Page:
Monday, February 25, 2013

Born to Write...or Born Not to "Not Write"

“How did you become a writer?” I’m sure this innocent question is among the top most frequently heard by those of us in the writing community. To be fair, it’s probably one of the most asked of people with “interesting” professions. The answer is even more interesting: most of us did not become--we were born writers.

This isn’t to say that nurses aren’t natural caregivers or teachers are not born to be educators. Everyone has a gift. A true writer cannot ‘not write’, no matter how hard he or she tries. Writers spring from the womb full of words, whether they’re spoken or only written. We see stories in everything, and are often the weird kids at school who always have our noses stuck in books, the ones who live for book reports because that means one more book that can be devoured.

Now, there is an argument that writers can be grown, and certainly, a person can be taught to write correctly. I’ve seen quite a few books and stories that had absolutely no grammatical errors or misspellings, yet they were missing the passion that drives the words of a writer. The stories had no soul. Conversely, I’ve read works where there were several mistakes to be found, but the story was so compelling and driven by heartfelt emotion that I kept reading. The words leapt from the page and demanded to be consumed.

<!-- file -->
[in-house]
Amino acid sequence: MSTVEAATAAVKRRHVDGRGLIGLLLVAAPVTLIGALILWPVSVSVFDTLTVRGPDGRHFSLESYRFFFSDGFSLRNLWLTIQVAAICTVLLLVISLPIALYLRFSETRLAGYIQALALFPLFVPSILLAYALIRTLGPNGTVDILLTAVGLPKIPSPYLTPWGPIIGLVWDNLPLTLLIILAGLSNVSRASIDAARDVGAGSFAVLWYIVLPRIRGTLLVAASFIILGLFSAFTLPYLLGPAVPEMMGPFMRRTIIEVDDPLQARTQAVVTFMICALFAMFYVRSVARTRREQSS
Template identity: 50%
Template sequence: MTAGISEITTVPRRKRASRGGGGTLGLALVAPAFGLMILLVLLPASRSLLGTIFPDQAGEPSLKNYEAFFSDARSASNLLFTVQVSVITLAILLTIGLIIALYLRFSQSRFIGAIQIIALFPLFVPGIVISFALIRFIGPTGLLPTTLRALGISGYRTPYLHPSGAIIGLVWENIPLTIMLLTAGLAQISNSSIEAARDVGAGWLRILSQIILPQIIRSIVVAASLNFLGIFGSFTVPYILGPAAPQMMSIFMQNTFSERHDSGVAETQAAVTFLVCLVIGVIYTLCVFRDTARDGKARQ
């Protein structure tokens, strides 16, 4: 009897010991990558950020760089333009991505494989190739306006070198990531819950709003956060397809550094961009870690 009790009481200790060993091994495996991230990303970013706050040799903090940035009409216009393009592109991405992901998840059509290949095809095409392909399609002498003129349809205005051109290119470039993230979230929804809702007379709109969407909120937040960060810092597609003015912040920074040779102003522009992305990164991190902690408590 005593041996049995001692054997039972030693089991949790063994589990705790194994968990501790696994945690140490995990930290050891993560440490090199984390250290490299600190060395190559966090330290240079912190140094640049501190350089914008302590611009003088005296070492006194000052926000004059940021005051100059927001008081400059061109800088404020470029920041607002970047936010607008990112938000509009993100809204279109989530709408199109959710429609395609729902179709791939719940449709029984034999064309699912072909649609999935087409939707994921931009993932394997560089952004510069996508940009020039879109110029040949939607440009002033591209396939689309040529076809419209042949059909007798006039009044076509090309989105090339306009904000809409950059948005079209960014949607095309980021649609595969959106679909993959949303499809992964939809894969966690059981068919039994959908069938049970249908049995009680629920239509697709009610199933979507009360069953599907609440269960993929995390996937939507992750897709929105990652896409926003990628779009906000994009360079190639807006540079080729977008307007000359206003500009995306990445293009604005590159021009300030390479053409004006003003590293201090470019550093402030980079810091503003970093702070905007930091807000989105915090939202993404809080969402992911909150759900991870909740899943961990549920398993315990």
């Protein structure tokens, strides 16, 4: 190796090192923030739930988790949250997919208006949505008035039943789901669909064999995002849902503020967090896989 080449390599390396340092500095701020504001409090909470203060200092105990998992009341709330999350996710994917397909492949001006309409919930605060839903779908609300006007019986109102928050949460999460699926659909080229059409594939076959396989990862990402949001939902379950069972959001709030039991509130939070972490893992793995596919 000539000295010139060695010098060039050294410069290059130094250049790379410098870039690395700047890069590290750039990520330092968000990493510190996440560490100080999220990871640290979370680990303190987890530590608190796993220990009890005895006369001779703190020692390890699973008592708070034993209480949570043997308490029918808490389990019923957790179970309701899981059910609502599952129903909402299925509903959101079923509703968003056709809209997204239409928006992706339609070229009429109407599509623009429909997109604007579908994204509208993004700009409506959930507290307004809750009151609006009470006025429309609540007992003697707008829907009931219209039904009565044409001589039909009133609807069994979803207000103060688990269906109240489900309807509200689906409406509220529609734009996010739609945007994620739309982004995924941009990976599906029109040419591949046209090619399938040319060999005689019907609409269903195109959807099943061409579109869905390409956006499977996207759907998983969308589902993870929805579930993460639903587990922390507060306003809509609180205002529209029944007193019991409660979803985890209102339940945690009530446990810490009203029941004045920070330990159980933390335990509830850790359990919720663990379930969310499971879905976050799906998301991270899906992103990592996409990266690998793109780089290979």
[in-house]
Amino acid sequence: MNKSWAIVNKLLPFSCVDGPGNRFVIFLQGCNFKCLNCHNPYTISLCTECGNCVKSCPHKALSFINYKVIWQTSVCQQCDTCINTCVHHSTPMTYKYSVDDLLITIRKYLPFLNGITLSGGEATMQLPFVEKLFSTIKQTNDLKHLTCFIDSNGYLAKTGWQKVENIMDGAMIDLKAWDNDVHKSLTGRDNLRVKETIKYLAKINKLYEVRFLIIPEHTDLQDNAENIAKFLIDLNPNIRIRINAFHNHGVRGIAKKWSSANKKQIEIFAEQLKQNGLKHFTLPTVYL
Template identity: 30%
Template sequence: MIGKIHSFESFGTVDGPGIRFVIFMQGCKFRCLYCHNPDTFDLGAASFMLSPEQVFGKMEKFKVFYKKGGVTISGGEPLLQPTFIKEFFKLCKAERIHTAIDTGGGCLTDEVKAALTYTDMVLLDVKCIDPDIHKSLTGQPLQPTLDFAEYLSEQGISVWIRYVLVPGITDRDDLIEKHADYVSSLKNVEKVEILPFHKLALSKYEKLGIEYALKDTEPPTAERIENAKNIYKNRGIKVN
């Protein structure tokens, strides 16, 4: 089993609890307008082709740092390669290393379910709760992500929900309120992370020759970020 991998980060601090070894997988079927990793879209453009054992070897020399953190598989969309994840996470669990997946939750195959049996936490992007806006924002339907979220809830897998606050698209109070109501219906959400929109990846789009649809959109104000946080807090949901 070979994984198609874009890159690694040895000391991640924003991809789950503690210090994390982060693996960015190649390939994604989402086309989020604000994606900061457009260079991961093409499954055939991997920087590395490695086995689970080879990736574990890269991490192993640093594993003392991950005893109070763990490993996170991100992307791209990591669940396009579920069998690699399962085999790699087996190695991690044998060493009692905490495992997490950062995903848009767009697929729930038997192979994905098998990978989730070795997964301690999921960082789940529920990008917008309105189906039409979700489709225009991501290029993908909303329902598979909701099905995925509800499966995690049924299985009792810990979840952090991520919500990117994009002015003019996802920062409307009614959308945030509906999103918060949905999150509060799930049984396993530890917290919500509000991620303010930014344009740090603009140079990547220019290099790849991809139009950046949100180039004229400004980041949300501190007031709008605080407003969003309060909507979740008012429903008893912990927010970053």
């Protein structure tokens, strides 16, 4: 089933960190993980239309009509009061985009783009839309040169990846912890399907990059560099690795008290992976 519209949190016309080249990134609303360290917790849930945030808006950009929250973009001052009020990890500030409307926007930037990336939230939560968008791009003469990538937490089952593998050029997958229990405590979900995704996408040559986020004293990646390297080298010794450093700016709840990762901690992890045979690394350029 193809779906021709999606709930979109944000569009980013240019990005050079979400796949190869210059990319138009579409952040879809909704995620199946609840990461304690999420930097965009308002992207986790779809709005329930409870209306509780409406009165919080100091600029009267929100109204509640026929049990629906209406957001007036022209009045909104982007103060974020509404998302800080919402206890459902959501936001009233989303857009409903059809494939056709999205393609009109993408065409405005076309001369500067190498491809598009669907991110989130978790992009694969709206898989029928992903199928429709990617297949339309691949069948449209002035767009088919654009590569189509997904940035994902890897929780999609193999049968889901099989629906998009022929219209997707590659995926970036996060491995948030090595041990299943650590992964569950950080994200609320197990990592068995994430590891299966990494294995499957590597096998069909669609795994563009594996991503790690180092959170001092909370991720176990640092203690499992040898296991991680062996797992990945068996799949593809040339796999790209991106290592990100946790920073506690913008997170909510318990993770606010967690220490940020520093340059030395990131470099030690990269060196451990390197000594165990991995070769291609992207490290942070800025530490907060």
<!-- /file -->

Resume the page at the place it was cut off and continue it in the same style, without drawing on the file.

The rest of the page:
So how does one know if he or she is a born writer? For starters, as I mentioned above, a true writer cannot stop writing. There are times when market shifts and rejection notes pile up and the only thought running through the writers’ head is, “I’m not doing this anymore.” And yet, on the celebratory walk to commemorate the decision to live a different life by throwing away all things writerly, he will spot a couple on a bench, read their expressions…and run home to write their story.

You’re probably a writer if most of your sentences begin with, “What if…” Your friends will always say you’re the person who thinks of the craziest scenarios and sees things they usually don’t see in situations and people.

If your children have grammatically correct, page long absence excuse notes, you’re probably a writer.

When you think of never earning a cent from your writing works, and yet you still continue to write, you’re probably a born wordsmith. Writers will write even when they’re not sure they have an audience.

If people often tell you your words move them, and you’re told you have a compelling way of speaking or writing, you could be a writer. Your way with words will stick with you and evolve as you do.

Most importantly, if you have ever completed a story or a novel or an article, memoir, etc., you are probably a writer. Most people who talk about writing do only just that. Because you’ve actually done it, you may want to pursue the words that come to you.

Once you’ve determined you were born to write, the easy part is done. The hardest part, and the part that will forge the steel of your writing ability is the part where you get down to writing. Writers write. Writers write a lot. If it’s your gift, then you’re charged with sharing it with others. You’re also responsible for nurturing the gift and making it even better.

What are you waiting for?